Oral leukoplakia is a white patch formed in the mouth lining that cannot be rubbed off. It often does not hurt and may go unnoticed for years. People with leukoplakia develop oral cancer more often than people without it. Preventing this is critical; rates of oral cancer survival longer than five years after diagnosis are low. Drugs, surgery and other therapies have been tried for treatment of oral leukoplakia. Medical and complementary treatments can be locally applied (i.e. directly onto the white patch) or systemic (affecting the whole body, e.g. taken as a pill).
What was the research?
A systematic review of the evidence to evaluate whether people affected by oral leukoplakia can benefit from surgical, medical or complementary treatments, either local or systemic. In particular, this review was conducted to find out which, if any, treatment is able to prevent people with leukoplakia of the mouth from getting oral cancer. This review updates the previous review published in 2006.
Who conducted the research?
The research was conducted by a team led by Giovanni Lodi, from Università degli Studi di Milano, on behalf of Cochrane Oral Health. Roberto Franchini, Saman Warnakulasuriya, Elena Maria Varoni, Andrea Sardella, Alexander R Kerr, Antonio Carrassi, LCI MacDonald and Helen V Worthington were also on the team.
What evidence was included in the review?
The evidence on which this review is based is up-to-date as of May 2016. 14 randomised controlled trials (RCTs) of medical and complementary treatments were found, which involved 909 participants in total. Treatments included herbal extracts, anti-inflammatory drugs, vitamin A, beta carotene supplements and others. Surgical treatment has not been compared with placebo or no treatment in an RCT.
What did the evidence say?
Cancer development was measured in studies of three treatments: systemic vitamin A, systemic beta carotene and topical bleomycin. None of these treatments showed effectiveness in preventing cancer development, as measured up to two years for vitamin A and beta carotene, and seven years for bleomycin.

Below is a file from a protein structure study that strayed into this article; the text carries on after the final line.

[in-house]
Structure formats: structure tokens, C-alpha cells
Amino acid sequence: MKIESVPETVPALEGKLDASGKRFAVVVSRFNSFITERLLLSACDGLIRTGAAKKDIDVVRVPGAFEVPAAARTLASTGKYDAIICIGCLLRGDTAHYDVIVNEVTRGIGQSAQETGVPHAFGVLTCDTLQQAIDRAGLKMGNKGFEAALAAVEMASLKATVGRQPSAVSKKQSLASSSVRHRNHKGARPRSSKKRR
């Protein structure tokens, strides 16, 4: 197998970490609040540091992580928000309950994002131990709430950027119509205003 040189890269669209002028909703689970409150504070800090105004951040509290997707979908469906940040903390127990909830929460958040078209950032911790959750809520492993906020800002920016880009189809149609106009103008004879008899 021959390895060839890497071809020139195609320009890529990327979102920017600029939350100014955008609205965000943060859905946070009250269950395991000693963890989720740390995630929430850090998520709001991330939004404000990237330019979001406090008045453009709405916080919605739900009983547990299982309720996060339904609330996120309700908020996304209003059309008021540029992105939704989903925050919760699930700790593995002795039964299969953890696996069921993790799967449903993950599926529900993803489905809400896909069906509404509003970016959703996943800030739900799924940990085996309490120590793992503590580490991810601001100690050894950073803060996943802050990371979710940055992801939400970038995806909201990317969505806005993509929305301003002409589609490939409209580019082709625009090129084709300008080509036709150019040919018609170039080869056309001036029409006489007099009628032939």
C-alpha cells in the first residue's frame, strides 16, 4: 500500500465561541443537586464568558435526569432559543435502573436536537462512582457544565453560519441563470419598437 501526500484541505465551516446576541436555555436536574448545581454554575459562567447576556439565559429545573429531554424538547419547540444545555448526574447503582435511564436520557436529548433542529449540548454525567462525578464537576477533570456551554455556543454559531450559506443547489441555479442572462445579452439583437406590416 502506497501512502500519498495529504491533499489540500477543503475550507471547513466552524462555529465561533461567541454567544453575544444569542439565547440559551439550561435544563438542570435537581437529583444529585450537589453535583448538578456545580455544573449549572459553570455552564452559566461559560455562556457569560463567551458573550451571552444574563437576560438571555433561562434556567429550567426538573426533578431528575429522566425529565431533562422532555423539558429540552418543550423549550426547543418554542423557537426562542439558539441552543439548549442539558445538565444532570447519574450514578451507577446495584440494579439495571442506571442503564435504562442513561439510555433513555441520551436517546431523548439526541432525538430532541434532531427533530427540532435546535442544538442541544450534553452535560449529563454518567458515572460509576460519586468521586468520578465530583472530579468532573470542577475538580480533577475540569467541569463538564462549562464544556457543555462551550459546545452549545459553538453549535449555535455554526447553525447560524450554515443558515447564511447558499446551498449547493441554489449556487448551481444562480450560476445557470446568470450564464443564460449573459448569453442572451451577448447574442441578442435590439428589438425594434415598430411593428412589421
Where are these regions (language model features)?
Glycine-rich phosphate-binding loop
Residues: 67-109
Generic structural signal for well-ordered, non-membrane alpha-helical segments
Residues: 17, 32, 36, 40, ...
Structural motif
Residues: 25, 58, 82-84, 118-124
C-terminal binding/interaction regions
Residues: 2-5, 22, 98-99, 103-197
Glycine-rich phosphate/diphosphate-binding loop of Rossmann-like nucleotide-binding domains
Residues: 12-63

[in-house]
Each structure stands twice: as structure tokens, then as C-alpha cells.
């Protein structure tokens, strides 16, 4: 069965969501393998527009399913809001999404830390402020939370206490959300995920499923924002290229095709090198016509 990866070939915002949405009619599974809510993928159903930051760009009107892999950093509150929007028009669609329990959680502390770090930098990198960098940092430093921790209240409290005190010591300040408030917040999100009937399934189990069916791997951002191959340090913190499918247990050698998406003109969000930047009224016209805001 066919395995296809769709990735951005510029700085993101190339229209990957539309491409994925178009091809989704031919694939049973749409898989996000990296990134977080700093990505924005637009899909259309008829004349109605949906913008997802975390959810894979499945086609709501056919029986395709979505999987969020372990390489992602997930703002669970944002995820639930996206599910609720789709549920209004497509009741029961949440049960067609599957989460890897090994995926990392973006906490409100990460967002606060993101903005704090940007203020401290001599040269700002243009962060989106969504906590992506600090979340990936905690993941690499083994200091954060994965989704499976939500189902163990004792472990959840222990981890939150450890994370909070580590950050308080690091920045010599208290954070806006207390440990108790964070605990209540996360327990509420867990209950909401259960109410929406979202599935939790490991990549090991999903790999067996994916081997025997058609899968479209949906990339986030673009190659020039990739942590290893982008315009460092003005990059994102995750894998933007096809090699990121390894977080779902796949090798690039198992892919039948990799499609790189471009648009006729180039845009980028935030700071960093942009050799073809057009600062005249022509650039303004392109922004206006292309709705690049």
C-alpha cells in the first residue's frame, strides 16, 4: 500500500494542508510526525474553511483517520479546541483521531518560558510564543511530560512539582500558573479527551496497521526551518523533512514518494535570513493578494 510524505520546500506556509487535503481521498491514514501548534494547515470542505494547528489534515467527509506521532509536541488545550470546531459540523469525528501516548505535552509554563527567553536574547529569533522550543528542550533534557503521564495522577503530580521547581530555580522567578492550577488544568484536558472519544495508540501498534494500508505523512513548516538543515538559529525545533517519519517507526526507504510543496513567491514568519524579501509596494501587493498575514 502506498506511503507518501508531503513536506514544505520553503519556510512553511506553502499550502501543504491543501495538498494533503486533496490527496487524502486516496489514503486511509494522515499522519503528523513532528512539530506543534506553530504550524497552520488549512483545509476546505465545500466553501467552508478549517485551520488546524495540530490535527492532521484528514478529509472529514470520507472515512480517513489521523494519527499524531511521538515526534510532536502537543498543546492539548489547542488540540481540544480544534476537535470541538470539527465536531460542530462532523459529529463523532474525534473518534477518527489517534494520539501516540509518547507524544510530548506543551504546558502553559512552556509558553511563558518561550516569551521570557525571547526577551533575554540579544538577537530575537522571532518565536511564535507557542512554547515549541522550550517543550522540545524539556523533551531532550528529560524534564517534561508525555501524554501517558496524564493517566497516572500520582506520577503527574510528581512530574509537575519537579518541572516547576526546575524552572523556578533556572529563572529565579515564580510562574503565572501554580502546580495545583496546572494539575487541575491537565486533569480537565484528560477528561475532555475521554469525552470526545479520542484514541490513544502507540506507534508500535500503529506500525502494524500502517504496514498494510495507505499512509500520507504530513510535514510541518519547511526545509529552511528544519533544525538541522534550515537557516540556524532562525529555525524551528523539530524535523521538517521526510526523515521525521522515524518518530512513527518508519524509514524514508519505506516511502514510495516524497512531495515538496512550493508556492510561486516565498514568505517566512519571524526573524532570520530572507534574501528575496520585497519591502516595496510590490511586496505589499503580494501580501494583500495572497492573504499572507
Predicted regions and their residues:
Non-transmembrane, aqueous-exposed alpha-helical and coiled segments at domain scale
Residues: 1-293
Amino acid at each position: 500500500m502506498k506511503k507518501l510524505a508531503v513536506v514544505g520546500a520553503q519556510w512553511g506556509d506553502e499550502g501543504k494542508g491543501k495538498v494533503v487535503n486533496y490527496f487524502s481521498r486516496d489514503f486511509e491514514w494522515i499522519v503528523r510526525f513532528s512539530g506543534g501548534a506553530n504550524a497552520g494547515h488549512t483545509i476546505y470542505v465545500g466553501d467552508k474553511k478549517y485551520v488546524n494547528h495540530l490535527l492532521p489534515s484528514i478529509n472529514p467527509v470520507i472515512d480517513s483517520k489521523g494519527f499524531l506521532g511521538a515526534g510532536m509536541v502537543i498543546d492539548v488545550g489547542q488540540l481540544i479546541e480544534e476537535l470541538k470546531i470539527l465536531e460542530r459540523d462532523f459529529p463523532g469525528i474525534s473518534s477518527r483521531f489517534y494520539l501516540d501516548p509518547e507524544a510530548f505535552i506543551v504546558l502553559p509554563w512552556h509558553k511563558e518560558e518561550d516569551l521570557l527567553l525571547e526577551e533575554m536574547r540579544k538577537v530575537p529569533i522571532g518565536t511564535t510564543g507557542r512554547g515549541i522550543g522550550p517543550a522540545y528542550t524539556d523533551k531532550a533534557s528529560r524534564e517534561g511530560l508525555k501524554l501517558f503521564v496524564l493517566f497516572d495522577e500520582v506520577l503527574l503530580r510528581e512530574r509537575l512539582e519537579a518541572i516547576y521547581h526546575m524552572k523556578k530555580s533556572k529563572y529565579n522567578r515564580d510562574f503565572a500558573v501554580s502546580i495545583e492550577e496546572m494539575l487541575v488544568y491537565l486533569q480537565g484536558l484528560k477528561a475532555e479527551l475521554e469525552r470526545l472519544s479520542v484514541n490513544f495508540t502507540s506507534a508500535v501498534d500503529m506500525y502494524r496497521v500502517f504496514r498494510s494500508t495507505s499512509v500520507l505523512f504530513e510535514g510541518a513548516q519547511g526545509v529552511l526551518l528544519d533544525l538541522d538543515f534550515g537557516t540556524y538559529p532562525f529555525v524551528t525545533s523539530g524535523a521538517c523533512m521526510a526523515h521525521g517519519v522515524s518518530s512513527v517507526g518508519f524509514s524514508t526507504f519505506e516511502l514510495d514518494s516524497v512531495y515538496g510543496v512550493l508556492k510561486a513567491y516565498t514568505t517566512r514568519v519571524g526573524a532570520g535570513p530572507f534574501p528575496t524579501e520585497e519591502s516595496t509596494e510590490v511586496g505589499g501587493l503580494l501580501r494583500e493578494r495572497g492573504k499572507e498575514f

Some individual studies of vitamin A and beta carotene suggested that these treatments may be effective for improving or healing oral lesions. However, some studies observed a high rate of relapse in participants whose lesions were initially resolved by treatment.
Most treatments caused side effects of differing severity in a high proportion of participants.
It seems likely that the treatments were well accepted by participants because drop-out rates were similar between treatment and control groups.
How good was the evidence?
The available evidence is very limited. Most interventions were assessed by only one small study. Most studies had problems in the way they were conducted, making their results unreliable. The quality of evidence for the outcome of cancer development was judged to be very low.
What are the implications for dentists and the general public?
No randomised controlled trials (RCTs) on surgical treatment for people who have oral leukoplakia have included placebo and active treatment arms. Nor have RCTs examined risk factor cessation (e.g. smoking). Therefore, the effectiveness of these interventions cannot be reliably assessed. None of the medical and complementary treatments studied (vitamin A, beta carotene, bleomycin) has been shown to be effective in preventing cancer onset in people with leukoplakia, and, despite the findings of some studies that vitamin A or beta carotene may be effective in reducing or even resolving oral leukoplakia in the short term, the risk of subsequent relapse seems high.
What should researchers look at in the future?
Although surgery remains the treatment option favoured by most clinicians, the effectiveness of surgery compared with no treatment (“wait and see”) has not been assessed in RCTs for prevention of cancer development in people with leukoplakia. Research is needed to assess surgical treatment of patients with leukoplakia and to evaluate effects of risk factor cessation in people with leukoplakia. Larger, better conducted trials of longer duration are required to properly evaluate the effects of any treatment on malignant transformation rates, which should be considered the primary outcome when effectiveness of treatments for leukoplakia is tested.
Larger, better studies of longer duration are required. As well as further studies of drug treatment and alternative treatments like vitamins, studies are needed to evaluate the effectiveness and safety of surgery, and of stopping risk factor habits such as smoking.
Lodi G, Franchini R, Warnakulasuriya S, Varoni EM, Sardella A, Kerr AR, Carrassi A, MacDonald LCI, Worthington HV. Interventions for treating oral leukoplakia to prevent oral cancer. Cochrane Database of Systematic Reviews 2016 , Issue 7 . Art. No.: CD001829. DOI: 10.1002/14651858.CD001829.pub4
This blog post is based on the review’s plain language summary and was compiled at the Cochrane Oral Health Editorial Base by Anne Littlewood